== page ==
The nation's most urban counties continue to grow faster than any other county type according to the Census Bureau's 2015 county population estimates. A Demo Memo analysis of 2010-to-2015 county population trends along the Rural-Urban Continuum documents strong metro growth (the bigger, the better) and continuing rural decline.
The Rural-Urban Continuum is the federal government's way of classifying counties by their degree of urbanity. The continuum is a scale ranging from 1 (the most urban counties, in metropolitan areas of 1 million or more) to 9 (the most rural counties, lacking any settlements of 2,500 or more people and not adjacent to a metropolitan area). If you sort the nation's 3,000-plus counties by their rank on the continuum, then measure population change between 2010 and 2015 for each rank, this is the result...
County population change 2010-2015 by Rural-Urban Continuum Rank
1. 5.3% for rank 1 counties, in metros with 1 million or more people
2. 3.9% for rank 2 counties, in metros of 250,000 to 1 million people
3. 2.6% for rank 3 counties, in metros with less than 250,000 people
4. 0.1% for rank 4 counties, nonmetro adjacent to metro with urban pop of 20,000+
5. 1.7% for rank 5 counties, nonmetro not adjacent to metro with urban pop of 20,000+
6. -0.8% for rank 6 counties, nonmetro adjacent to metro with urban pop of 2,500-19,999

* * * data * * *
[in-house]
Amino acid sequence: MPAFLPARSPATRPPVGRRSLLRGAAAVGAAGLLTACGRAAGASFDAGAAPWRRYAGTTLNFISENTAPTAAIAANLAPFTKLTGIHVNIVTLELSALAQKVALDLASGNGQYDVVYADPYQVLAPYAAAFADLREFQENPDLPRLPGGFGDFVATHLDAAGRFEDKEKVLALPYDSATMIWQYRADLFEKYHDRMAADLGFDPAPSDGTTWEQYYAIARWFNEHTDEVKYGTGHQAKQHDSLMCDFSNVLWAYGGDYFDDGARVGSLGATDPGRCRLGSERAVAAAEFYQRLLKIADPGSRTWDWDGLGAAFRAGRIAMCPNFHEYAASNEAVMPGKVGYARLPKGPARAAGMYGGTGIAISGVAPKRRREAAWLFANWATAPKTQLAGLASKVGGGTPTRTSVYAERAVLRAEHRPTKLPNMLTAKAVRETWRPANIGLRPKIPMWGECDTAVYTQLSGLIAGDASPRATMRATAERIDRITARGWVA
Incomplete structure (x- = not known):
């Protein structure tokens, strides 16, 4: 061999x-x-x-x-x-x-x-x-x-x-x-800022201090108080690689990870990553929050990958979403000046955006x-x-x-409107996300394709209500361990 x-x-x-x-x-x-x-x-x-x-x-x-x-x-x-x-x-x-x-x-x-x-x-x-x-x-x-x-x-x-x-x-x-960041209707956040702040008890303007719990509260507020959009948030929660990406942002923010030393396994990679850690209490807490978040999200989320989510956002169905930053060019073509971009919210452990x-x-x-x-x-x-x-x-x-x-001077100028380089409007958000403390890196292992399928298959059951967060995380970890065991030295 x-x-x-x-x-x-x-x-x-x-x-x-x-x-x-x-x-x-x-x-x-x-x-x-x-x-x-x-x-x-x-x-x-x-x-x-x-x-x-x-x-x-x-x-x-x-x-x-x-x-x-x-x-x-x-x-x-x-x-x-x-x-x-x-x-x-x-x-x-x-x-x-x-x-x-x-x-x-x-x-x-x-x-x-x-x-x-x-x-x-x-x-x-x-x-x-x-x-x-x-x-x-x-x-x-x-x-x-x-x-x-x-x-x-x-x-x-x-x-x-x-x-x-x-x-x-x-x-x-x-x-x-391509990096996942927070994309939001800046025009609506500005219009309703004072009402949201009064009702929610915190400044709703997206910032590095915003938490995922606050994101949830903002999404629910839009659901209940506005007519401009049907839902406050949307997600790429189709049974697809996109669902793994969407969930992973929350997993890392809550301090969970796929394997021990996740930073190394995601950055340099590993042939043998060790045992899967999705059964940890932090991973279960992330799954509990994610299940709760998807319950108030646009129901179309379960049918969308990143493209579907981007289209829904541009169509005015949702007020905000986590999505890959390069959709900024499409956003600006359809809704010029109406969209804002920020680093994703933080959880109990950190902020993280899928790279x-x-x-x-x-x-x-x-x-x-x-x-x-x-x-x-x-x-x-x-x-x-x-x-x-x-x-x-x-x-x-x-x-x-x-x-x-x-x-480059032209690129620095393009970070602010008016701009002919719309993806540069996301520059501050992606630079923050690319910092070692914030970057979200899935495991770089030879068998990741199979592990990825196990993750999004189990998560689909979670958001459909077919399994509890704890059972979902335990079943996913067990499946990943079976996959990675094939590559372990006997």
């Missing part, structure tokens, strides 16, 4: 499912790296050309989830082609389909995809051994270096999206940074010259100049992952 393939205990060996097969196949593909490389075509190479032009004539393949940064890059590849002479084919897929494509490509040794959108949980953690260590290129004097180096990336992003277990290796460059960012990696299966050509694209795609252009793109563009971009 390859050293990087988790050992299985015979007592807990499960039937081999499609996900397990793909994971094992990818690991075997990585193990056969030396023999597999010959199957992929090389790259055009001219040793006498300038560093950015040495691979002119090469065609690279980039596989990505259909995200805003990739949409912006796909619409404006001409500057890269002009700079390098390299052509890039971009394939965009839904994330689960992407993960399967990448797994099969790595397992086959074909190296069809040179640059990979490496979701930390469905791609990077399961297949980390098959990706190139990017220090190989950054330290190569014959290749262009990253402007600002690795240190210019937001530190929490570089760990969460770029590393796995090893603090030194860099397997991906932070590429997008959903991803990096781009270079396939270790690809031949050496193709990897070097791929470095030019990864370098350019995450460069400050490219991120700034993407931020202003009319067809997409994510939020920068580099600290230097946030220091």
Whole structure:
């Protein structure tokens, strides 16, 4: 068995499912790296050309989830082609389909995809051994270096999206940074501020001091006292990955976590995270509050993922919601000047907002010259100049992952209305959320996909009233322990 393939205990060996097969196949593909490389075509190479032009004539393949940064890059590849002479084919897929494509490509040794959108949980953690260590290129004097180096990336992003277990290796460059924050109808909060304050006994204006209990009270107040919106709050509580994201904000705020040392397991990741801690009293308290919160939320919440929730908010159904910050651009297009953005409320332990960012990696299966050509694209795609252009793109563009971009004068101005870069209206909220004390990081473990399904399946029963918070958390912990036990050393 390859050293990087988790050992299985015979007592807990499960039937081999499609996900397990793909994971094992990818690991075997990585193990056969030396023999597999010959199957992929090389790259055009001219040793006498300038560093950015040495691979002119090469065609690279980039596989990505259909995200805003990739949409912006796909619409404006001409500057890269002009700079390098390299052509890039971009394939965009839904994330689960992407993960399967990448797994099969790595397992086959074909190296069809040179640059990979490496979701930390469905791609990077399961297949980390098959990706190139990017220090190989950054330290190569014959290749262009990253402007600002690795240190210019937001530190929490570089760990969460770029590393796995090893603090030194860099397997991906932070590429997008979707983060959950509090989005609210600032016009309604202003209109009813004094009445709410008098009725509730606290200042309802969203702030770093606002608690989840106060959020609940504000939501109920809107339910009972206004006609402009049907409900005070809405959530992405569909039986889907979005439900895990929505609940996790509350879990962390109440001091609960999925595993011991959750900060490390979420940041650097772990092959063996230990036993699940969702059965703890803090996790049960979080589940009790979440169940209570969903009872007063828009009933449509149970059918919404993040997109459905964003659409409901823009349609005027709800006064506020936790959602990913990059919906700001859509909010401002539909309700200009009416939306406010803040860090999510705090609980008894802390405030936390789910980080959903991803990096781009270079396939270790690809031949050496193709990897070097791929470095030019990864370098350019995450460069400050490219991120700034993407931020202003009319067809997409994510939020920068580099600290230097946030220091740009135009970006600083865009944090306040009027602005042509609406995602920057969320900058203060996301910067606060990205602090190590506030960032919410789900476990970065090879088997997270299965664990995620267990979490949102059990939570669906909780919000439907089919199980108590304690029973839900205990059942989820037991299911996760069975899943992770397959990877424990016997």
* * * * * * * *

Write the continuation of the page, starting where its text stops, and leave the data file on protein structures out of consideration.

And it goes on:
7. -0.5% for rank 7 counties, nonmetro not adjacent to metro with urban pop of 2,500-19,999
8. -1.1% for rank 8 counties, nonmetro adjacent to metro with urban pop less than 2,500
9. -1.2% for rank 9 counties, nonmetro not adjacent to metro, urban pop less than 2,500
The most urban counties (a 1 on the scale) grew the fastest between 2010 and 2015. The most rural counties (8 and 9 on the scale) experienced the biggest declines. A look at annual rates of population change by Rural-Urban Continuum shows declines in every year between 2010 and 2015 for counties ranking 6, 7, 8, and 9 on the continuum. Counties with a rank of 1 on the continuum grew by more than 1 percent in every year.
Source: USDA, Economic Research Service, Rural-Urban Continuum Codes and Census Bureau, Population Estimates, County Total: Vintage 2015